4. Do not attempt to level on an extremely un-leveled surface. This can cause damage to jacks.
5. When jacks are fully extended, occasionally wipe dirt from the jack ram/rod. This will
help lengthen life of jack. WD-40 will serve as a solvent as well as a lubricant.
6. Some assembly lubrication, both oil and grease on the extended jack ram is normal, and aids
in lubrication of the ram. The presence of assembly lube on the extended jack ram DOES NOT
indicate a leak.
7. If a component of the hydraulic system has been removed and replaced (such as a jack, pump,
valve assembly, etc.) air will probably have been introduced into the system. In order for the
system to work properly, each jack must be fully extended and retracted at least twice to remove
all air (self-bleeding operation). Additional air can also be trapped in the manual emergency release T-valves located on the valve
manifold. With the jacks fully extended, open the
manual retract valves to bleed out the trapped air. This will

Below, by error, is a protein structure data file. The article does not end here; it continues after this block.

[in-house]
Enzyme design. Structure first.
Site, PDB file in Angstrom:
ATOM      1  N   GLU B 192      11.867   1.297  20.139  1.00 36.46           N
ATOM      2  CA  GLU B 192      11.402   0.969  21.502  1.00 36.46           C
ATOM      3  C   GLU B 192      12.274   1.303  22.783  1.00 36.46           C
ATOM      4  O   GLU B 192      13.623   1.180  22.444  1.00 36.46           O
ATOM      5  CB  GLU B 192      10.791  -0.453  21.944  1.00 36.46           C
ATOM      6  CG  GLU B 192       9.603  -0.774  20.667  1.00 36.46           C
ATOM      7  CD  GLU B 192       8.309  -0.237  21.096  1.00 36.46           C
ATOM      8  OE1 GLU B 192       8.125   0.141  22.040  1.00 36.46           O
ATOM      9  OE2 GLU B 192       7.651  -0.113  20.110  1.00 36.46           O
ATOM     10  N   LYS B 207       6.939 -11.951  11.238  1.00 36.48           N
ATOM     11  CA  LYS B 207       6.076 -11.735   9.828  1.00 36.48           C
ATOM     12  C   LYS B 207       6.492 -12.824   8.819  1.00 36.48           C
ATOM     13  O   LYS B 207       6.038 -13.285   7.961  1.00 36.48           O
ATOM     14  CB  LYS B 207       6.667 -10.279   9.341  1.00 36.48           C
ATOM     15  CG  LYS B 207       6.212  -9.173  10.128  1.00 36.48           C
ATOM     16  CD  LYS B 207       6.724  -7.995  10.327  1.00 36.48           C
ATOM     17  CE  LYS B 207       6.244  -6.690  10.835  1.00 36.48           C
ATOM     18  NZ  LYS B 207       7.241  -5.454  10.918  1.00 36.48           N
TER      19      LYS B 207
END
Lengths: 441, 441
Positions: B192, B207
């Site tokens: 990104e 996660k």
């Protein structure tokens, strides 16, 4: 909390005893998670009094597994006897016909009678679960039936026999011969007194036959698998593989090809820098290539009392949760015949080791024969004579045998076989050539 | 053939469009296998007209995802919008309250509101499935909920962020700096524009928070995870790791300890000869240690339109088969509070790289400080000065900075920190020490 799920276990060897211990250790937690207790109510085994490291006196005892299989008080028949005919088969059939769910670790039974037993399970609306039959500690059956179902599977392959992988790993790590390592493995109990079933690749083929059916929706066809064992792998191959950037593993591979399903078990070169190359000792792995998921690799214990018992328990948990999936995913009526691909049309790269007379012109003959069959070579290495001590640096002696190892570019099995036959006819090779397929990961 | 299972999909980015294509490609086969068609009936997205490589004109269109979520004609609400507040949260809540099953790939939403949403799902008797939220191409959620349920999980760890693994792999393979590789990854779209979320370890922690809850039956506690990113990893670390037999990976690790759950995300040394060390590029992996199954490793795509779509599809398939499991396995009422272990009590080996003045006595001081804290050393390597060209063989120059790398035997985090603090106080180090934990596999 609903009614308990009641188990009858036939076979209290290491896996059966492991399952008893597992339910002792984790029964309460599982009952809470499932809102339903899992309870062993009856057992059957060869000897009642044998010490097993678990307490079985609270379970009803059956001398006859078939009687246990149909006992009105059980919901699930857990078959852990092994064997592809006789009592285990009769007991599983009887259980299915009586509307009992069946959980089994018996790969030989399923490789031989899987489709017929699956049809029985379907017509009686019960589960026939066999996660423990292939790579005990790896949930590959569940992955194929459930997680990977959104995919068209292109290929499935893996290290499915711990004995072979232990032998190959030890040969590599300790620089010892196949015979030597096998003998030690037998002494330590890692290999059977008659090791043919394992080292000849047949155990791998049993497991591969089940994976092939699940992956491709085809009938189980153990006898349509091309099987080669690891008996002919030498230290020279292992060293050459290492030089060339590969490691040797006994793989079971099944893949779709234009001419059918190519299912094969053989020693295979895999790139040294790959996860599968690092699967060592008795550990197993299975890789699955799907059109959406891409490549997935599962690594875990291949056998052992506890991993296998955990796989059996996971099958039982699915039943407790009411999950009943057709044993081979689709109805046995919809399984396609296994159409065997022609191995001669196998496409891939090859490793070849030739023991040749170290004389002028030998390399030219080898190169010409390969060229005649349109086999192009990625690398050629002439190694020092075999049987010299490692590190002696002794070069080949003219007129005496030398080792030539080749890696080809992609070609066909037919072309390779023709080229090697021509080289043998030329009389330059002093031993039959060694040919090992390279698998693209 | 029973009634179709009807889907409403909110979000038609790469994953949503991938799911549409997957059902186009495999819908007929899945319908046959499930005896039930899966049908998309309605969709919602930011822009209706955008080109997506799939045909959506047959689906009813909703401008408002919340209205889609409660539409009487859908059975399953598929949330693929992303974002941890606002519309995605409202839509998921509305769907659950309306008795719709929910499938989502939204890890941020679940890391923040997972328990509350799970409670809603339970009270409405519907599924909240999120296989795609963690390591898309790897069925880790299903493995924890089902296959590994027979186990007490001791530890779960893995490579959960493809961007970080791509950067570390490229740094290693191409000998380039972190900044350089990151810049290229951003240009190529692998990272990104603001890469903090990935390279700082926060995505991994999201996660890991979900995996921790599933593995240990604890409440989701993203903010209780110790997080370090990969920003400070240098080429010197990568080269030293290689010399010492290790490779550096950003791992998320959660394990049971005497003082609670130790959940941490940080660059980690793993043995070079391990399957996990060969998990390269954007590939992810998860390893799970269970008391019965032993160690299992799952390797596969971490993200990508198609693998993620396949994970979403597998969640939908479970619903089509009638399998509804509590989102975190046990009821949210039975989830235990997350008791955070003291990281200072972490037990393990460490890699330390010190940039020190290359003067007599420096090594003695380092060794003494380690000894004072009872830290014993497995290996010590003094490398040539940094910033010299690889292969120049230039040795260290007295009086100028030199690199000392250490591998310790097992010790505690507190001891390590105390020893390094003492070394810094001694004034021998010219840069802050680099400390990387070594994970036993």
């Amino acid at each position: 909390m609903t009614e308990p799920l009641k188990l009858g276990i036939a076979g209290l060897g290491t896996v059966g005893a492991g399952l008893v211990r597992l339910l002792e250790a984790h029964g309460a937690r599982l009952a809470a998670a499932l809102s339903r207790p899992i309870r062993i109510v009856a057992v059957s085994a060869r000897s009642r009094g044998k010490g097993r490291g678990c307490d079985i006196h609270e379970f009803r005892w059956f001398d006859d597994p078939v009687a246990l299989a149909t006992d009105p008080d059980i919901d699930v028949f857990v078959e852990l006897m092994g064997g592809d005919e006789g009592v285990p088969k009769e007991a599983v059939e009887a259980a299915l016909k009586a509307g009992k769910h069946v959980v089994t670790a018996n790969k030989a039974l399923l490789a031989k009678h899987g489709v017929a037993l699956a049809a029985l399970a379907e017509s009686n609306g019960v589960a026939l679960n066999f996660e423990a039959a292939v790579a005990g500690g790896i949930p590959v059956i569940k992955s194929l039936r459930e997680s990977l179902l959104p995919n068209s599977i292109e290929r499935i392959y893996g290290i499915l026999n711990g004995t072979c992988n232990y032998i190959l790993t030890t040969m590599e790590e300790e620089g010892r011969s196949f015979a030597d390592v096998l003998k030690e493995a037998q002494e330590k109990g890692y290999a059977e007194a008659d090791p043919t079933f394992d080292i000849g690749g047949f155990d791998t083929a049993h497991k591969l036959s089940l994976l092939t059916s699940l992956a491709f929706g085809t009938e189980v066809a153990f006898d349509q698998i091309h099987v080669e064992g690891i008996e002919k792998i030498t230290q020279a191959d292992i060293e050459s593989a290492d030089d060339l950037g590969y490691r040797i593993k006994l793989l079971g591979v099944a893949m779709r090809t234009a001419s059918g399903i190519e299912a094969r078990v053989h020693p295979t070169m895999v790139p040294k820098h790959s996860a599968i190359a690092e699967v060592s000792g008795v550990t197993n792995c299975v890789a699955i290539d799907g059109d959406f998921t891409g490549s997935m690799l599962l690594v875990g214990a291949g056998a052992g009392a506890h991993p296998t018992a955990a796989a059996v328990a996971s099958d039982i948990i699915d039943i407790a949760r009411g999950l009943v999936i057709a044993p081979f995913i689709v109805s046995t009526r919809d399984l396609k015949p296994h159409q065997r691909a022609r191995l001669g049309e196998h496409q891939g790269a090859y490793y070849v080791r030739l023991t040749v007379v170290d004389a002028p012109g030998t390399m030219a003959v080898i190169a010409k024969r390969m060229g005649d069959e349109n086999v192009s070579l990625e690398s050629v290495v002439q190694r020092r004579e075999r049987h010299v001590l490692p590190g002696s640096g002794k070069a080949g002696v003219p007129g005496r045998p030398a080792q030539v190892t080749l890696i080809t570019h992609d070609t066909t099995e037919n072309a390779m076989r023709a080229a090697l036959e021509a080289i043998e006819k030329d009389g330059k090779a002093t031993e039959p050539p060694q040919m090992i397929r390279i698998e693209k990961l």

retract the jacks at the same time. Close the handles. After the
bleeding operation, the liquid level might need to be reset. See
8. A majority of the fittings in the hydraulic system are pipe threads. At the factory all male
pipe threads are wrapped with at least three turns of Teflon tape, except for the first thread at the
tip of the fitting. A small amount of grease is applied to the un-tefloned tip of the fitting and to
the mating female thread. The above procedure insures proper sealing and prevention of Teflon
tape entering into the hydraulic system. If a fitting is removed, residual Teflon tape must be
removed from both the male and mating female threads, if they are to be reassembled. A
maximum practical amount of filtration has been incorporated into the system to prevent dirt
from contaminating the operation and sealing of the valves. When assembling components,
special attention is required to maintain cleanliness.